click to hear audio click to hear audio Hello pals, it's Hal's show from the early days of Radio 270 in 1966, kindly provided by Harm Koenders of The Offshore Radio Archive (duration 1 minute 15 seconds)

Free Radio Association car sticker

John Yorke Radio London had by far the most stable team of disc-jockeys of all the offshore stations. Paul Kaye, for instance, was with Big L throughout its entire thirty-two month life. Others stayed for a year or more. However a few came and went very quickly indeed. One of these was John Yorke. He was heard on Radio London for just two weeks in April/May 1967. According to Brian Long's book The London Sound he was 24 years old, came from Brooklyn, New York, and his real name was John Young. He completed just one fortnight stint on the ship but, presumably, was not considered suitable and was not invited to return after his shore leave. His place on the station was taken by a returning Willy Walker who had left the previous year. The Pirate Radio Hall of Fame has no information about John's later career but, if anyone knows his whereabouts, please get in touch.

click to hear audio click to hear audio John Yorke on London After Midnight in the early hours of 4th May 1967. The voice at the end of the clip belongs to Paul Kaye. Apologies for the poor reception but, if anyone can provide a better recording, please get in touch. Many thanks to Harm Koenders of The Offshore Radio Archive for this tape (duration 2 minutes 50 seconds)

Paul Young Paul Young Born in Edinburgh on 3rd July 1944, Paul came from a theatrical background. His father was an actor and, as a child, Paul appeared in the 1955 movie Geordie. In 1965 he spotted a recruitment advert in a newspaper: disc-jockeys wanted for a new offshore radio station. Paul applied and was snapped up. He was the first DJ to be heard when Radio Scotland launched on New Year's Eve 1965. Paul presented the popular Ceilidh programme of traditional Scottish music, later inherited by Jack McLaughlin. He did not stay with the station for long. He returned to acting and, since his time at sea, has appeared in numerous plays, films and television dramas. He was in such well-known TV programmes as Poirot, Soldier Soldier, The Tales of Para Handy, The Bill, The Crow Road and, in 1999, played a character called ‘Jock MacCall’ on ITV's Coronation Street (unofficial site). See the Internet Movie Database for more details. A keen angler, he has presented fishing programmes on Scottish television for many years. The first was Hooked on Scotland for the BBC. This was followed by Hooked on Scottish for ITV and more recently Hooked for the satellite and cable channel Discovery Home and Leisure. There are recent photos of Paul, taken at a 2017 Civic Reception in Glasgow honouring Radio Scotland, here. (Many thanks to Jim Sinclair for providing this photo from an issue of ‘242 Showbeat’ magazine.)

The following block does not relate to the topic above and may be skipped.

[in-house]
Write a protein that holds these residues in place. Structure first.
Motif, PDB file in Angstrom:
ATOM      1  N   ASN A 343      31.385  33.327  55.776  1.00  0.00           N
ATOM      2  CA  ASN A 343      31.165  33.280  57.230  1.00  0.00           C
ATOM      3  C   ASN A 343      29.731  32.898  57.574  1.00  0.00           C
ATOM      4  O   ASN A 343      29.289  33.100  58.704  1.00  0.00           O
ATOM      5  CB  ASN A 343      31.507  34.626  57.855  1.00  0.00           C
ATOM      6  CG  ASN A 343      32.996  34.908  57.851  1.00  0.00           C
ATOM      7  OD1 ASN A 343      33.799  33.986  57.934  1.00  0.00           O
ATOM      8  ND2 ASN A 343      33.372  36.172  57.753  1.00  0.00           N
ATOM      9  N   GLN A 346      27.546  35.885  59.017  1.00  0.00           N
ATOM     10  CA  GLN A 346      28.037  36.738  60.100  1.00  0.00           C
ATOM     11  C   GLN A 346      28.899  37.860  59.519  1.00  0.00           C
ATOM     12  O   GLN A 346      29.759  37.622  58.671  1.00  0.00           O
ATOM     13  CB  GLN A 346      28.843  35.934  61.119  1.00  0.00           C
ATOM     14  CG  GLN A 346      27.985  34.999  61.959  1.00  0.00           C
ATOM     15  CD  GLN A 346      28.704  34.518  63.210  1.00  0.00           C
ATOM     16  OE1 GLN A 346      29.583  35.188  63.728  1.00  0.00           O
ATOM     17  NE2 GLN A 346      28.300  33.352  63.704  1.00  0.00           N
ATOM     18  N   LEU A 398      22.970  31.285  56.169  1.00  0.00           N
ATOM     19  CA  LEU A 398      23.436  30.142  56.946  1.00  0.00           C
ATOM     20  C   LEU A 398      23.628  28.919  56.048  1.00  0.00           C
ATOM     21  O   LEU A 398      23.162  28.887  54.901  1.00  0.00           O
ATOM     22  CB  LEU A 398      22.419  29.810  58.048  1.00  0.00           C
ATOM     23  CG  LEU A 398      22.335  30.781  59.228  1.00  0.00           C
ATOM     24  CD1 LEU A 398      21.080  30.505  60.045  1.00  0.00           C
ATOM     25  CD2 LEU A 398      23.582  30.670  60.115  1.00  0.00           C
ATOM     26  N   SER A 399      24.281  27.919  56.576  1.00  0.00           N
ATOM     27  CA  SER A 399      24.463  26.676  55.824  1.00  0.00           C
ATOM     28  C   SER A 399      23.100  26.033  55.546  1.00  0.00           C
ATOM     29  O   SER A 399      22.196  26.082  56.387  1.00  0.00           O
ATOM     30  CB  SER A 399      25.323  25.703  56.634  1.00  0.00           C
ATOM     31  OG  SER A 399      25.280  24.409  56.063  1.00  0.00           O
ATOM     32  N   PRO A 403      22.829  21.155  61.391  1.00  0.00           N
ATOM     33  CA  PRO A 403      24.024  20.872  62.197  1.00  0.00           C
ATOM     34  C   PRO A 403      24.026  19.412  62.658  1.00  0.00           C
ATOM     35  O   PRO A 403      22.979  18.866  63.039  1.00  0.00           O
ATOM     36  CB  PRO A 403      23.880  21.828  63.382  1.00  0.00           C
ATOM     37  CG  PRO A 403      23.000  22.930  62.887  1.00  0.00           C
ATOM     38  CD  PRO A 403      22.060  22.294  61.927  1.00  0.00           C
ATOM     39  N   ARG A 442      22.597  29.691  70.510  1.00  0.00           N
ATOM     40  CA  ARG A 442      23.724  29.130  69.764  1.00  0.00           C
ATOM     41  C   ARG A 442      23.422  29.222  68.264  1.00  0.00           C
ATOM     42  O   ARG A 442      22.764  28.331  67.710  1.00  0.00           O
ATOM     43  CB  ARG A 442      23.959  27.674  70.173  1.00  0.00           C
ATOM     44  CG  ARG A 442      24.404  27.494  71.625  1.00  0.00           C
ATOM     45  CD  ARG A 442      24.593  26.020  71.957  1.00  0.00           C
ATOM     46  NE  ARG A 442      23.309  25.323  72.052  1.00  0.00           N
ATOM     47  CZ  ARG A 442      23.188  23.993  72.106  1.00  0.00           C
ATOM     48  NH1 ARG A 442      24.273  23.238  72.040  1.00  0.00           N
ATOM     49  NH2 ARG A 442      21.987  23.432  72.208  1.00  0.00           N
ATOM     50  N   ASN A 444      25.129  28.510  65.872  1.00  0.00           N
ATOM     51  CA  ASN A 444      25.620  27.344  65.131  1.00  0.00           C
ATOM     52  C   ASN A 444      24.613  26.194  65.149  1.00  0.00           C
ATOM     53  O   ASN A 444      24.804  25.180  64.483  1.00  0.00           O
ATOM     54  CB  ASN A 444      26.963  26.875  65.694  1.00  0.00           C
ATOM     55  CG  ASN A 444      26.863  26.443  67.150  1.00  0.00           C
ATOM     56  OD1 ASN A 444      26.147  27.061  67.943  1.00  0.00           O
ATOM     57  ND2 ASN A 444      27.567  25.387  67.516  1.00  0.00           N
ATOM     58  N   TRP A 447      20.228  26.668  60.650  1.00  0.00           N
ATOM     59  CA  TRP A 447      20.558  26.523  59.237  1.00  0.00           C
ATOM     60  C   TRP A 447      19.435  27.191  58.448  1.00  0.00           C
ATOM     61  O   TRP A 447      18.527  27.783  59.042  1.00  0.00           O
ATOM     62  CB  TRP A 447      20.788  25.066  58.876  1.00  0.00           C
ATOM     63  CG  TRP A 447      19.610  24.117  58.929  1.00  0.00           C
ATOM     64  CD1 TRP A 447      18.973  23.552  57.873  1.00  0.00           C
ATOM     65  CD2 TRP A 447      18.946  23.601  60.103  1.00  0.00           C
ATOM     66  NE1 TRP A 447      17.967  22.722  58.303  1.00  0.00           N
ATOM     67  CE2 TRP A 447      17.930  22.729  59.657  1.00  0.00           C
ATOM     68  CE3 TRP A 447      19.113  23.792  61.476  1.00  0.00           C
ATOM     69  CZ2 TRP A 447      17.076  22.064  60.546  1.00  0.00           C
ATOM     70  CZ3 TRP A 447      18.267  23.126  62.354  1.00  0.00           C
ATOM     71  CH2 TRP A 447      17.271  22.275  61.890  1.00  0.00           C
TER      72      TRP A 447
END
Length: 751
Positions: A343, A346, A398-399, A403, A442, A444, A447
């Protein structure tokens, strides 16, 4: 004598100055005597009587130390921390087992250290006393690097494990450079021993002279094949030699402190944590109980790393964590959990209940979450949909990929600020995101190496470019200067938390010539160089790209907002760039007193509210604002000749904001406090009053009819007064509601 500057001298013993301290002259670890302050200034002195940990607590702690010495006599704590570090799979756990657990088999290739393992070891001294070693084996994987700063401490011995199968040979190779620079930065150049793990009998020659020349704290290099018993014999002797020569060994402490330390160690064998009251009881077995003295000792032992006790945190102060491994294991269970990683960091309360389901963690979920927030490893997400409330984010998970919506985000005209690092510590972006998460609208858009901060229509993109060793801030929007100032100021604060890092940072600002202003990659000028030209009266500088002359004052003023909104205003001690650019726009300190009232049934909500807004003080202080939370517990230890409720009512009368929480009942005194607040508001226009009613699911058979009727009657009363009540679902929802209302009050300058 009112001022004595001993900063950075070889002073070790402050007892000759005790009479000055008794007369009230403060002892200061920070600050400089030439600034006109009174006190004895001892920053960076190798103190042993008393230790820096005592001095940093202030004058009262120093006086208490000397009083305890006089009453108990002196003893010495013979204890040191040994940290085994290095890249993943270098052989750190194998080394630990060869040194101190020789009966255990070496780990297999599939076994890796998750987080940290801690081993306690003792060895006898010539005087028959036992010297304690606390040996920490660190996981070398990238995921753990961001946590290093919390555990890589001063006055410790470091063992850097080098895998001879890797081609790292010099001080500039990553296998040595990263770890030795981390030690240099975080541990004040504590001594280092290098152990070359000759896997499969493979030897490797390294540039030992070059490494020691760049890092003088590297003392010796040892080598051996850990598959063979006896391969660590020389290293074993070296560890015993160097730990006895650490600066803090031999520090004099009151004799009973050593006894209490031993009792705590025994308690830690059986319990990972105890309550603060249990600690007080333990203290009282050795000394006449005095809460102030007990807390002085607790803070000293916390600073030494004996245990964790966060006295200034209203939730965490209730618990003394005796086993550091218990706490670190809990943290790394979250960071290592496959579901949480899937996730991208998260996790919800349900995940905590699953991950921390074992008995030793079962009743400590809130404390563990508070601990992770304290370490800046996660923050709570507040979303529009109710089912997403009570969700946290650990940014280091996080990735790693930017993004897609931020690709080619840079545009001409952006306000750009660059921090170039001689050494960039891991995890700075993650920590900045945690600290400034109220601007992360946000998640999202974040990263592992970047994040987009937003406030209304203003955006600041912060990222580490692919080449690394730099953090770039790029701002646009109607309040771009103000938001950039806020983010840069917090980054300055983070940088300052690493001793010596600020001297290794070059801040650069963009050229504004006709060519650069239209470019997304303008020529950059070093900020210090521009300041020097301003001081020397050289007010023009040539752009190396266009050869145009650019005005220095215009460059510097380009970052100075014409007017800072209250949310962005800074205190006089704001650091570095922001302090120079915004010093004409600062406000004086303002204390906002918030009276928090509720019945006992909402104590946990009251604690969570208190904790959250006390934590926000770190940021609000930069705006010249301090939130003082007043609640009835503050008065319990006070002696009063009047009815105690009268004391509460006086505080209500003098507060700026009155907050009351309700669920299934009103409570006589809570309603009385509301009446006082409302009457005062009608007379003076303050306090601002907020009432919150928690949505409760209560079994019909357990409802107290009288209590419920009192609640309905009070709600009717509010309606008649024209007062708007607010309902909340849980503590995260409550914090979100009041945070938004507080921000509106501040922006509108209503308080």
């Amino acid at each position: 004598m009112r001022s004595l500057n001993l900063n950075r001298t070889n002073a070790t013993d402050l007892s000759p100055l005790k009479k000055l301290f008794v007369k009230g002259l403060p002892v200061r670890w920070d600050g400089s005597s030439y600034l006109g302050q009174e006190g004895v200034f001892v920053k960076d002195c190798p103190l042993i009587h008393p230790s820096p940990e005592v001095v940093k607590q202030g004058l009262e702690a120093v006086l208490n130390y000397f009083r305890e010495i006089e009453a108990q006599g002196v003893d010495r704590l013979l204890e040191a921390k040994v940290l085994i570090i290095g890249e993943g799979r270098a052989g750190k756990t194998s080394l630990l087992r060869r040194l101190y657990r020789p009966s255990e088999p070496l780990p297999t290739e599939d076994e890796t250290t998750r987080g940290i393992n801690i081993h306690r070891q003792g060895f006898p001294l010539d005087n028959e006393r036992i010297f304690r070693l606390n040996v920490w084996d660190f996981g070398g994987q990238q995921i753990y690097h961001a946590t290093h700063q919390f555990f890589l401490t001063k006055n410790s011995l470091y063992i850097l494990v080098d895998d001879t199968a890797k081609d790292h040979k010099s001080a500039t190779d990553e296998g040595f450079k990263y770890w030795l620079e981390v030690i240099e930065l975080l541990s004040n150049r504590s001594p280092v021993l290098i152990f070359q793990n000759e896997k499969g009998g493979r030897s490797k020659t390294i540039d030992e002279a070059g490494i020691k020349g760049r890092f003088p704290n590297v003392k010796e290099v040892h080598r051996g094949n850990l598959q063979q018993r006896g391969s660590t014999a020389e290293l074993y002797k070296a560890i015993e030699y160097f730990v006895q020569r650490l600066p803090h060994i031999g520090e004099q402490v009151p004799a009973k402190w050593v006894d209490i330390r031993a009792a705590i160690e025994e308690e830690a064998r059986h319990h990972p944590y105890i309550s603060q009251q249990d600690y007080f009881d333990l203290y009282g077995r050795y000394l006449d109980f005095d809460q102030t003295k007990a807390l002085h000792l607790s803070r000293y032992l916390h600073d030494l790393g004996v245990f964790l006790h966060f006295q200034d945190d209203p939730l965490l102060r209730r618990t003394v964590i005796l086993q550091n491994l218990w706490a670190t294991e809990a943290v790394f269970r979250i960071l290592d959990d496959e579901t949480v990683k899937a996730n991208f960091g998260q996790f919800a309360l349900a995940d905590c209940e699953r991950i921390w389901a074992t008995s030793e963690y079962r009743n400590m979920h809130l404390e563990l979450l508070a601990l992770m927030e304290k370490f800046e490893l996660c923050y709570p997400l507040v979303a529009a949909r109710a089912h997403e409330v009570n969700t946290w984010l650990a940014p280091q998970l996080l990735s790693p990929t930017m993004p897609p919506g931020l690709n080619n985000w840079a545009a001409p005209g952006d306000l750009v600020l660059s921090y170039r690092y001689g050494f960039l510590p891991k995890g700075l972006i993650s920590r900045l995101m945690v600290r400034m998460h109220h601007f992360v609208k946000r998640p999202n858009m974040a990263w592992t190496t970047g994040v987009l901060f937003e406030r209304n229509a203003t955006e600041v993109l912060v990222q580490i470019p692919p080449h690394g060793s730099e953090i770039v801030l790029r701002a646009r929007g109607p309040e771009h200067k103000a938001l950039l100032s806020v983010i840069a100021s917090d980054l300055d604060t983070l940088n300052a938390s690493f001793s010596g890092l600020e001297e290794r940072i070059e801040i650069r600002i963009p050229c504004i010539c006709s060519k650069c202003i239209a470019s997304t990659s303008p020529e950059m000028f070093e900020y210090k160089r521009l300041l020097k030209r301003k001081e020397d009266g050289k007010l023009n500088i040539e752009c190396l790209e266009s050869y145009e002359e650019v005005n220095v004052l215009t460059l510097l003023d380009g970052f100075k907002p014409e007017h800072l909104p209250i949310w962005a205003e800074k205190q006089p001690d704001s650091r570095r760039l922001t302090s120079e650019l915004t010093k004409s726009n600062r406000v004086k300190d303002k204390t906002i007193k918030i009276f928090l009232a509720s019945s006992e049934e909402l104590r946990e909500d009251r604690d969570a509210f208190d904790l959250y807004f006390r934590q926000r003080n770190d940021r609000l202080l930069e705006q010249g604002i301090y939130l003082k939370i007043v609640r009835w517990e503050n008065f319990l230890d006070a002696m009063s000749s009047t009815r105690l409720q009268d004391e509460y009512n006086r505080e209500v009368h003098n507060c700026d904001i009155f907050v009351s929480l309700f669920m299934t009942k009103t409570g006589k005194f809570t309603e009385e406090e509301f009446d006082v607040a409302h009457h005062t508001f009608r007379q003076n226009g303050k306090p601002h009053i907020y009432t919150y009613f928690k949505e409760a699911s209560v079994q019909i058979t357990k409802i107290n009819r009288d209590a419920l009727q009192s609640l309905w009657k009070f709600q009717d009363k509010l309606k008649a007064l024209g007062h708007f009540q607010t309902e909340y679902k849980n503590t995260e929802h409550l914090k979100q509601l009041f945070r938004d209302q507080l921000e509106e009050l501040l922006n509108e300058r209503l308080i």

Radio Caroline pennant
Thanks to Ronnie Thorpe for this Caroline pennant.

Steve Young Steve Young Born in Penarth, Wales in 1942, Steve's family emigrated to Canada while he was still a lad. He grew up in Medicine Hat, Alberta, and began his radio career working the evening shift at radio station CHAT in 1964. The following year he returned to the UK where he met up with Keith Hampshire who had recently been hired by Radio Caroline. “Keefers” convinced Steve to apply for a position and, after submitting a demo tape, he received a phone call from senior DJ Tom Lodge asking if he would come on board. He joined Radio Caroline South in August 1966. Steve presented the marathon midnight-6am show and, for obvious reasons, his theme tune was In The Midnight Hour by Little Mack & The Boss Sound. He was given the nick-name of “the curly headed kid in the third row” by Rosko. This was not an original name. An American DJ called Pete Tripp had been “the curly headed kid” on WMGM New York some years previously but, original or not, the name stuck. Steve left Caroline shortly before the introduction of the government's anti-pirate legislation. He returned to Canada and worked on a Vancouver station where his tales of the North Sea inspired one of his colleagues to try his luck in Europe: David “Kid” Jensen. Steve went on to work at radio stations in Kelowna, British Columbia, Edmonton, Alberta, and did his last on-air shift at CJVI in Victoria, British Columbia, in 1977. Steve still lives in Victoria where he sometimes comes out of retirement to record commercials, promo spots and soundtracks for film and television. In July 2004 Steve helped to organise a DJ reunion in Vancouver. His report and photos of the event are here. He now rents out self-catering holiday accomodation in Victoria, British Columbia. (Many thanks to Steve for getting in touch, updating the above details, providing the photo and for the kind comments: “Sites such as yours bring back so many memories to all of us ‘old-timers’ who, so many years ago, floated about the waters surrounding the British Isles and made our voices, and the music of the day, heard by so many wonderful listeners.” There are more pictures of Steve in Keith Hampshire's photo album and some provided by Steve himself here. He attended the Offshore 50 reunion in August 2017. )

click to hear audio click to hear audio Steve Young on Radio Caroline South from local election night, April 1967. Many thanks to Ray Andrews for the air-check (duration 2 minutes 35 seconds)
click to hear audio click to hear audio Steve Young on Radio Caroline South's lunchtime show on Saturday 1st July 1967. This is an edited version of a recording available from www.azanorak.com. Our thanks to Ray Robinson (duration 3 minutes 37 seconds)